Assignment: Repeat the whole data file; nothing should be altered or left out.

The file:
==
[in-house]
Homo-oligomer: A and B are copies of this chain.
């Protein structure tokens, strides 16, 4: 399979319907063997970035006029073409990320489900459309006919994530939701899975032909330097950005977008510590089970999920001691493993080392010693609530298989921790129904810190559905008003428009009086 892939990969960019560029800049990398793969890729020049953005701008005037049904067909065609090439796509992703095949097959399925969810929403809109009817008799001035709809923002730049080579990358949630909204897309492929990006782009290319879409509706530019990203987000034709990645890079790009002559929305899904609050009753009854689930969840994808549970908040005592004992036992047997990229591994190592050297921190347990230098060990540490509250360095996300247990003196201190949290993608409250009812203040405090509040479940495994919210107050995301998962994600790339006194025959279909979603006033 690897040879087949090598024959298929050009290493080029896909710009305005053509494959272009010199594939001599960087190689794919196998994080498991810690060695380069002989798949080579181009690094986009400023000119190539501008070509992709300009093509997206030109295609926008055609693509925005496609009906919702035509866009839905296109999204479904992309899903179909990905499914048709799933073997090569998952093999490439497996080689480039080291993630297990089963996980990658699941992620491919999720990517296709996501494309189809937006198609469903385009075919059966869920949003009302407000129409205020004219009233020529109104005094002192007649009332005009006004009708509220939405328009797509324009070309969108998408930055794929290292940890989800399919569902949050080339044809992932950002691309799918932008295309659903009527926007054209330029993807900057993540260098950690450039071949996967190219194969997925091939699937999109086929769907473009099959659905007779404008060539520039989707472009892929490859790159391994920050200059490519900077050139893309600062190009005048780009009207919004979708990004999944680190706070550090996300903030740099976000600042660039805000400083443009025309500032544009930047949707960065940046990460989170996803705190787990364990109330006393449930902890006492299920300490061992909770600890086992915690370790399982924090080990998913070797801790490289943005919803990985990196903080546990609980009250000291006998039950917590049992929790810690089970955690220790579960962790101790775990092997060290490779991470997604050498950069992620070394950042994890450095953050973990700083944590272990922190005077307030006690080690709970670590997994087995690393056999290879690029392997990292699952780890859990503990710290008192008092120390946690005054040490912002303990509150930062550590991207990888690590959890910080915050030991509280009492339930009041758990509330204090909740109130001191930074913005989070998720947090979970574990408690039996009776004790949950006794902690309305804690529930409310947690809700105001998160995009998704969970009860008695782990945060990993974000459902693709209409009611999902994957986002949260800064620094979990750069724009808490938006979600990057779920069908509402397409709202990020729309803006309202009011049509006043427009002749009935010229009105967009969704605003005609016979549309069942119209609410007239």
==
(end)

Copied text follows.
[in-house]
Homo-oligomer: A and B are copies of this chain.
């Protein structure tokens, strides 16, 4: 399979319907063997970035006029073409990320489900459309006919994530939701899975032909330097950005977008510590089970999920001691493993080392010693609530298989921790129904810190559905008003428009009086 892939990969960019560029800049990398793969890729020049953005701008005037049904067909065609090439796509992703095949097959399925969810929403809109009817008799001035709809923002730049080579990358949630909204897309492929990006782009290319879409509706530019990203987000034709990645890079790009002559929305899904609050009753009854689930969840994808549970908040005592004992036992047997990229591994190592050297921190347990230098060990540490509250360095996300247990003196201190949290993608409250009812203040405090509040479940495994919210107050995301998962994600790339006194025959279909979603006033 690897040879087949090598024959298929050009290493080029896909710009305005053509494959272009010199594939001599960087190689794919196998994080498991810690060695380069002989798949080579181009690094986009400023000119190539501008070509992709300009093509997206030109295609926008055609693509925005496609009906919702035509866009839905296109999204479904992309899903179909990905499914048709799933073997090569998952093999490439497996080689480039080291993630297990089963996980990658699941992620491919999720990517296709996501494309189809937006198609469903385009075919059966869920949003009302407000129409205020004219009233020529109104005094002192007649009332005009006004009708509220939405328009797509324009070309969108998408930055794929290292940890989800399919569902949050080339044809992932950002691309799918932008295309659903009527926007054209330029993807900057993540260098950690450039071949996967190219194969997925091939699937999109086929769907473009099959659905007779404008060539520039989707472009892929490859790159391994920050200059490519900077050139893309600062190009005048780009009207919004979708990004999944680190706070550090996300903030740099976000600042660039805000400083443009025309500032544009930047949707960065940046990460989170996803705190787990364990109330006393449930902890006492299920300490061992909770600890086992915690370790399982924090080990998913070797801790490289943005919803990985990196903080546990609980009250000291006998039950917590049992929790810690089970955690220790579960962790101790775990092997060290490779991470997604050498950069992620070394950042994890450095953050973990700083944590272990922190005077307030006690080690709970670590997994087995690393056999290879690029392997990292699952780890859990503990710290008192008092120390946690005054040490912002303990509150930062550590991207990888690590959890910080915050030991509280009492339930009041758990509330204090909740109130001191930074913005989070998720947090979970574990408690039996009776004790949950006794902690309305804690529930409310947690809700105001998160995009998704969970009860008695782990945060990993974000459902693709209409009611999902994957986002949260800064620094979990750069724009808490938006979600990057779920069908509402397409709202990020729309803006309202009011049509006043427009002749009935010229009105967009969704605003005609016979549309069942119209609410007239």